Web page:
The full Senate on Tuesday voted to pass annual defense legislation that includes language that would require women to register for the draft.
The Senate approved the fiscal year 2017 National Defense Authorization Act (NDAA) by a vote of 85-13. The bill would require women to sign up for the Selective Service, which led some Republicans to vote against it on Tuesday.
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Sen. Ted Cruz (R., Texas) sponsored a dozen amendments that were eventually adopted into the bill but voted against the legislation because he could not "vote to draft our daughters into the military."
"This legislation also forces programs on the American people that are not necessary to protect our lives and safety. It is being used as a vehicle to further agendas that have nothing to do with actually defending America," Cruz said in a statement following the vote. "Despite the many laudable objectives in this bill, I could not in good conscience vote to draft our daughters into the military, sending them off to war and forcing them into combat."
Others, including Sen. John McCain (R., Ariz.), expressed support for the provision. The language was adopted into the bill when the Senate Armed Services Committee, which McCain chairs, marked it up in May.
In total, six Republicans voted against the annual defense legislation, according to Politico.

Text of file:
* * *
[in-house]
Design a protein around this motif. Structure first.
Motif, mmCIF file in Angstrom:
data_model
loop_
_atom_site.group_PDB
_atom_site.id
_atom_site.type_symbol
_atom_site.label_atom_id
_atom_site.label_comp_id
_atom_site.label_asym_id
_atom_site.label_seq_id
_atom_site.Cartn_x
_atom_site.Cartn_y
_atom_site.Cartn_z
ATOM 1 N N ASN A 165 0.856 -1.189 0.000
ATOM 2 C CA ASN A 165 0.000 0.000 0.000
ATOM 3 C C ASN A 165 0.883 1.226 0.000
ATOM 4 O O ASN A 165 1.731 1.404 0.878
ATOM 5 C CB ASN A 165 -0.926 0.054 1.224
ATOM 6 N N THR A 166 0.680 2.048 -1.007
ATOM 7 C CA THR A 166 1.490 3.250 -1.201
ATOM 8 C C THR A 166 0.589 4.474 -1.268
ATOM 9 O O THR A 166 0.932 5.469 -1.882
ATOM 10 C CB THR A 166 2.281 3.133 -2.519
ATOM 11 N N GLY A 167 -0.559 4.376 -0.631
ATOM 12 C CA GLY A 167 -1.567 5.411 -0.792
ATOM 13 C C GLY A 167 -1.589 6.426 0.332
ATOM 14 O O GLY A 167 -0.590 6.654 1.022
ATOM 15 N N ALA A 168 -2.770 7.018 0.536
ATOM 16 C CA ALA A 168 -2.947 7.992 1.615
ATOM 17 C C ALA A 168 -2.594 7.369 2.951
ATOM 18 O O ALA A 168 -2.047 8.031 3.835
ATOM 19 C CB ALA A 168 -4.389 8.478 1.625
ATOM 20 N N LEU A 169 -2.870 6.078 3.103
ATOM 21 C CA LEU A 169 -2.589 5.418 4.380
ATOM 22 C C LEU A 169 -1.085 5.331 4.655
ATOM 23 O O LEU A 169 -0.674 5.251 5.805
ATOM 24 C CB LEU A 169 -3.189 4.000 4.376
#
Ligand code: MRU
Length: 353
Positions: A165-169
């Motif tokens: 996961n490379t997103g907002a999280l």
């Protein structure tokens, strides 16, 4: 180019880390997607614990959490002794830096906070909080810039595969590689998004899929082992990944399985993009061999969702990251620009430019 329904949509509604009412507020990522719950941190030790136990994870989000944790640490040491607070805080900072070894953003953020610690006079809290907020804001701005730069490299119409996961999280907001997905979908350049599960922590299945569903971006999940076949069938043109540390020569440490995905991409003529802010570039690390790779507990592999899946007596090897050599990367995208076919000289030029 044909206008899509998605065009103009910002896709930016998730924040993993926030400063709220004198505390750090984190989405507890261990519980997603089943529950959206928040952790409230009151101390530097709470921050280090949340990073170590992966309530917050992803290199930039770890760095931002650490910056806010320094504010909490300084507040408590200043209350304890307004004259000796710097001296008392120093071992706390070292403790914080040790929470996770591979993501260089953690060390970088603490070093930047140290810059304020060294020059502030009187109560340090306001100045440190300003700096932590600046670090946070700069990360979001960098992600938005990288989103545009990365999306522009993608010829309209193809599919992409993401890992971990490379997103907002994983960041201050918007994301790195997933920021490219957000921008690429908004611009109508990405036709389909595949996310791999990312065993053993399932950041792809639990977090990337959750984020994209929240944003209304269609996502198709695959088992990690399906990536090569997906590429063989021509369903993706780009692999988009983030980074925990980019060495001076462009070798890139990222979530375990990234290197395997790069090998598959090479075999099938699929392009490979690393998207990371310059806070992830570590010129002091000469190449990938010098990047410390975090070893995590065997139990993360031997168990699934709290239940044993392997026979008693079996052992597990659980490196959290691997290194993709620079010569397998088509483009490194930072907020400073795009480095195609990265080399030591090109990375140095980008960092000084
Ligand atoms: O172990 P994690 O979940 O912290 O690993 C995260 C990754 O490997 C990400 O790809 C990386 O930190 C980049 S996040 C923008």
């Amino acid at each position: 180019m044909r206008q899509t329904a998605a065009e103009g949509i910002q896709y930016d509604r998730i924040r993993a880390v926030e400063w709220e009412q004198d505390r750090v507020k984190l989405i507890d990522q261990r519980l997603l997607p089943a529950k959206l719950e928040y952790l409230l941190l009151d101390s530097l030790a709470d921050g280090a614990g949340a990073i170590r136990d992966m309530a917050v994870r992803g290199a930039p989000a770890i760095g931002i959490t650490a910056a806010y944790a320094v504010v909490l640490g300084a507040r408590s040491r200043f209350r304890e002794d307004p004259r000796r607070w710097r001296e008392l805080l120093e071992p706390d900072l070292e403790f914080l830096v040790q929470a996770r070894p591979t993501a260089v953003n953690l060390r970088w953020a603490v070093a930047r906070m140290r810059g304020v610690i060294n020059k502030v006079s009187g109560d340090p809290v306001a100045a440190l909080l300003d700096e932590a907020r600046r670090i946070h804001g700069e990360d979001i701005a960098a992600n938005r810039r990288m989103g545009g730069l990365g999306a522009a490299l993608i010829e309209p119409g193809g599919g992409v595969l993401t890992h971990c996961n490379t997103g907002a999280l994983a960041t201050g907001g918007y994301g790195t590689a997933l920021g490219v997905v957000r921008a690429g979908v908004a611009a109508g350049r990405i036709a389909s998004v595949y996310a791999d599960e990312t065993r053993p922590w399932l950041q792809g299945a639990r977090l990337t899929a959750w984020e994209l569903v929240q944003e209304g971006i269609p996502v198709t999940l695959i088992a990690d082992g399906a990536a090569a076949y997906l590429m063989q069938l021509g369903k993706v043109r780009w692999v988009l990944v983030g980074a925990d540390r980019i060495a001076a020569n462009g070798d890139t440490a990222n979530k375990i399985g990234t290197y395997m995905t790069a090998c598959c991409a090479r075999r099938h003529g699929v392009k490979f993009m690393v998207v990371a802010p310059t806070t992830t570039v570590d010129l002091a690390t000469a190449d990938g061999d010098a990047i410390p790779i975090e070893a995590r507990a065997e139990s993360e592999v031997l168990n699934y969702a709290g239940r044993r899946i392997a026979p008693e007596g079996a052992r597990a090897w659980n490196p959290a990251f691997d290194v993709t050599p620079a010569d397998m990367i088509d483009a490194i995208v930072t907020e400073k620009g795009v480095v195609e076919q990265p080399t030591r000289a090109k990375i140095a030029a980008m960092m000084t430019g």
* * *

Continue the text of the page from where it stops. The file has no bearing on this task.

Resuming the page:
A group of Republicans led by Sen. Mike Lee (Utah) introduced an amendment to the NDAA that would have removed the provision and replaced it with language requiring the Defense Department to assess the continued need for a Selective Service System.
"Forcing women to register for the draft would be a sea change not only for our Armed Services but culturally as well," Lee said in a statement introducing the amendment last month. "I simply have not seen enough research from the Department of Defense on why this is needed or how it would work."
The amendment, which Cruz cosponsored, was never brought to the floor for a vote.
Currently, only men between ages 18 and 26 are required to register for the Selective Service. However, the Pentagon’s decision to open up all combat roles to women this year has sparked a debate over whether women should also be required to sign up for the draft.
A plurality of women do not support requiring female Americans to sign up for the draft, according to a YouGov poll released in June.
The Senate version of next fiscal year’s NDAA breaks with the House version on the women and the draft issue. While members of the House Armed Services Committee initially voted to include a provision in the bill requiring women to sign up for the draft, the Rules Committee eventually stripped the language from the legislation. The action was meant to prevent a "reckless policy" from being put in place without proper oversight, Rep. Pete Sessions (R., Texas), the committee’s chair, said at the time. The full House approved the NDAA in May.
The Obama administration has threatened to veto both versions of the annual defense legislation.